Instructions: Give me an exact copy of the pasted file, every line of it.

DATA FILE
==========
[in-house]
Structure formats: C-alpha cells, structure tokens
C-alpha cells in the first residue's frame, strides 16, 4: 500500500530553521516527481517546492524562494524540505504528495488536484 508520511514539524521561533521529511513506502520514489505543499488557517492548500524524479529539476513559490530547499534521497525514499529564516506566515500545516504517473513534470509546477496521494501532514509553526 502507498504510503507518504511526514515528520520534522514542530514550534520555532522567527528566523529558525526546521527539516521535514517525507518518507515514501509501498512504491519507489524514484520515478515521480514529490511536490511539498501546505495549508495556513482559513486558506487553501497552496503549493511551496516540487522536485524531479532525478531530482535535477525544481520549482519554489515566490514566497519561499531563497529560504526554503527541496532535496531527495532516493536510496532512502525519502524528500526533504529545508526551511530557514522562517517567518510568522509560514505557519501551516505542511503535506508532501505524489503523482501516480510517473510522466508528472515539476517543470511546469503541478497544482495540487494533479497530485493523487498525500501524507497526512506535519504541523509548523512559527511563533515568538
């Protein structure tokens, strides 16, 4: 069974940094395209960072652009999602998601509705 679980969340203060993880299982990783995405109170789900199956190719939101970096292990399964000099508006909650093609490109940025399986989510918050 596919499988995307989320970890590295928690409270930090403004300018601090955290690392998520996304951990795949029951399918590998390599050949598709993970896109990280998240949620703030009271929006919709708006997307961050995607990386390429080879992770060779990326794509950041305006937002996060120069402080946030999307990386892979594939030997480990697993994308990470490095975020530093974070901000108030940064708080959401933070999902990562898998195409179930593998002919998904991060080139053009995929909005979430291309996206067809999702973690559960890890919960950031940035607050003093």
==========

[in-house]
Structure formats: C-alpha cells, structure tokens
C-alpha cells in the first residue's frame, strides 16, 4: 500500500530553521516527481517546492524562494524540505504528495488536484 508520511514539524521561533521529511513506502520514489505543499488557517492548500524524479529539476513559490530547499534521497525514499529564516506566515500545516504517473513534470509546477496521494501532514509553526 502507498504510503507518504511526514515528520520534522514542530514550534520555532522567527528566523529558525526546521527539516521535514517525507518518507515514501509501498512504491519507489524514484520515478515521480514529490511536490511539498501546505495549508495556513482559513486558506487553501497552496503549493511551496516540487522536485524531479532525478531530482535535477525544481520549482519554489515566490514566497519561499531563497529560504526554503527541496532535496531527495532516493536510496532512502525519502524528500526533504529545508526551511530557514522562517517567518510568522509560514505557519501551516505542511503535506508532501505524489503523482501516480510517473510522466508528472515539476517543470511546469503541478497544482495540487494533479497530485493523487498525500501524507497526512506535519504541523509548523512559527511563533515568538
């Protein structure tokens, strides 16, 4: 069974940094395209960072652009999602998601509705 679980969340203060993880299982990783995405109170789900199956190719939101970096292990399964000099508006909650093609490109940025399986989510918050 596919499988995307989320970890590295928690409270930090403004300018601090955290690392998520996304951990795949029951399918590998390599050949598709993970896109990280998240949620703030009271929006919709708006997307961050995607990386390429080879992770060779990326794509950041305006937002996060120069402080946030999307990386892979594939030997480990697993994308990470490095975020530093974070901000108030940064708080959401933070999902990562898998195409179930593998002919998904991060080139053009995929909005979430291309996206067809999702973690559960890890919960950031940035607050003093």